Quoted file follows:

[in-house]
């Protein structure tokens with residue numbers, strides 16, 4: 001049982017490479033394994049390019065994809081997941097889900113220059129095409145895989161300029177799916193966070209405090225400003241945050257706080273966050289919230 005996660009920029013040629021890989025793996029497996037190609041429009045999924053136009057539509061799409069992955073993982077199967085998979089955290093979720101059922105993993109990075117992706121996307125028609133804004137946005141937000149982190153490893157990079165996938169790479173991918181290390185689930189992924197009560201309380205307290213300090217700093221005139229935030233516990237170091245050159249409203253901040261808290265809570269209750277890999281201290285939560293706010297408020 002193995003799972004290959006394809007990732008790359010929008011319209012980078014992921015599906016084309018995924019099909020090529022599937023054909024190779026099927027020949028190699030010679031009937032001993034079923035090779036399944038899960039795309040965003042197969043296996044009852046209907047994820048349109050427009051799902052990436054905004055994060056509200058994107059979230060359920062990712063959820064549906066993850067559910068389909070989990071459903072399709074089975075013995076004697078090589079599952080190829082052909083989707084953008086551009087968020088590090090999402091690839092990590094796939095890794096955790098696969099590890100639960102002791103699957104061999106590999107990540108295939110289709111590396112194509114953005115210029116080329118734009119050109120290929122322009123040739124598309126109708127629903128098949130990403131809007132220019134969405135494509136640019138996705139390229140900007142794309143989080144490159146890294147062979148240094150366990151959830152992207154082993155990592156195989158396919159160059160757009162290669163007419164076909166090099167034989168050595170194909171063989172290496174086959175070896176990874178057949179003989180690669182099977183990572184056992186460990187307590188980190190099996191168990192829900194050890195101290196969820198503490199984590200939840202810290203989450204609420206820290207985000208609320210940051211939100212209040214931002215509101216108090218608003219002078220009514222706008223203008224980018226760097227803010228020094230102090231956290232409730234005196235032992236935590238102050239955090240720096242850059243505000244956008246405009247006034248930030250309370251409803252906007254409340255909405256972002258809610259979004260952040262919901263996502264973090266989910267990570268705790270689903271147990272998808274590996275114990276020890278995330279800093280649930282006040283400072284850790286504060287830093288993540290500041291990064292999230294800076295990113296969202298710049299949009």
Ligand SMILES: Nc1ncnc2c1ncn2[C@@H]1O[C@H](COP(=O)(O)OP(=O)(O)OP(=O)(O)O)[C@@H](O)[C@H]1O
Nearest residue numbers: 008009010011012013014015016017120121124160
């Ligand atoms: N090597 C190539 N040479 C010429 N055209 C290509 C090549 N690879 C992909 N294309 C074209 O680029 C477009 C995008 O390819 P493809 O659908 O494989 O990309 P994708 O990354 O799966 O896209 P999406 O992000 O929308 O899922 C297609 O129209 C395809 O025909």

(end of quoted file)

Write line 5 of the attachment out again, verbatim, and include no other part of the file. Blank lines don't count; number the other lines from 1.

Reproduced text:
């Ligand atoms: N090597 C190539 N040479 C010429 N055209 C290509 C090549 N690879 C992909 N294309 C074209 O680029 C477009 C995008 O390819 P493809 O659908 O494989 O990309 P994708 O990354 O799966 O896209 P999406 O992000 O929308 O899922 C297609 O129209 C395809 O025909």